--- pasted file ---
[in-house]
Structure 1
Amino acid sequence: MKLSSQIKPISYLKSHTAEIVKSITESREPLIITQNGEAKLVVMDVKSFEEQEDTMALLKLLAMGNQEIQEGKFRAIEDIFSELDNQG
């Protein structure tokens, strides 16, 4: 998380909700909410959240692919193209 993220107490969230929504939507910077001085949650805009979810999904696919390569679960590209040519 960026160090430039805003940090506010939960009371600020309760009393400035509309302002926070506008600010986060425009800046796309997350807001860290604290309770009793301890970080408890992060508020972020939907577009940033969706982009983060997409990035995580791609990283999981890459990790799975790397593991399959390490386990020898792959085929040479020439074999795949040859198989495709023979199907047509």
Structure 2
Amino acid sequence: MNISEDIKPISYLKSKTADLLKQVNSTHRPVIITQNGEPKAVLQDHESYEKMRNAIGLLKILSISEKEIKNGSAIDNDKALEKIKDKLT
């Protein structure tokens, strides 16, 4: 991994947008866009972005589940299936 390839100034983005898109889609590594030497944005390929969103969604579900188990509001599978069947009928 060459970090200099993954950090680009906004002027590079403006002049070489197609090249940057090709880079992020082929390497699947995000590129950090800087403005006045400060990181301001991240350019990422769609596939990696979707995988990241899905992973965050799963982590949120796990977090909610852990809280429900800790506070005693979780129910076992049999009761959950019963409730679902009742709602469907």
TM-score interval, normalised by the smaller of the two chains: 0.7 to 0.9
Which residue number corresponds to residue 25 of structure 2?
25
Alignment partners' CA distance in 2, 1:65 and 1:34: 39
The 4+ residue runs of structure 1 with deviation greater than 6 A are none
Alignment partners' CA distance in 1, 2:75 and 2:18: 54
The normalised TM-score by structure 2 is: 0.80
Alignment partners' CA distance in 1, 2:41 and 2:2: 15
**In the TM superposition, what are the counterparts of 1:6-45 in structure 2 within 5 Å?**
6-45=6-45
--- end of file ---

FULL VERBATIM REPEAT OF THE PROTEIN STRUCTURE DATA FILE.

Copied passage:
[in-house]
Structure 1
Amino acid sequence: MKLSSQIKPISYLKSHTAEIVKSITESREPLIITQNGEAKLVVMDVKSFEEQEDTMALLKLLAMGNQEIQEGKFRAIEDIFSELDNQG
């Protein structure tokens, strides 16, 4: 998380909700909410959240692919193209 993220107490969230929504939507910077001085949650805009979810999904696919390569679960590209040519 960026160090430039805003940090506010939960009371600020309760009393400035509309302002926070506008600010986060425009800046796309997350807001860290604290309770009793301890970080408890992060508020972020939907577009940033969706982009983060997409990035995580791609990283999981890459990790799975790397593991399959390490386990020898792959085929040479020439074999795949040859198989495709023979199907047509």
Structure 2
Amino acid sequence: MNISEDIKPISYLKSKTADLLKQVNSTHRPVIITQNGEPKAVLQDHESYEKMRNAIGLLKILSISEKEIKNGSAIDNDKALEKIKDKLT
């Protein structure tokens, strides 16, 4: 991994947008866009972005589940299936 390839100034983005898109889609590594030497944005390929969103969604579900188990509001599978069947009928 060459970090200099993954950090680009906004002027590079403006002049070489197609090249940057090709880079992020082929390497699947995000590129950090800087403005006045400060990181301001991240350019990422769609596939990696979707995988990241899905992973965050799963982590949120796990977090909610852990809280429900800790506070005693979780129910076992049999009761959950019963409730679902009742709602469907």
TM-score interval, normalised by the smaller of the two chains: 0.7 to 0.9
Which residue number corresponds to residue 25 of structure 2?
25
Alignment partners' CA distance in 2, 1:65 and 1:34: 39
The 4+ residue runs of structure 1 with deviation greater than 6 A are none
Alignment partners' CA distance in 1, 2:75 and 2:18: 54
The normalised TM-score by structure 2 is: 0.80
Alignment partners' CA distance in 1, 2:41 and 2:2: 15
**In the TM superposition, what are the counterparts of 1:6-45 in structure 2 within 5 Å?**
6-45=6-45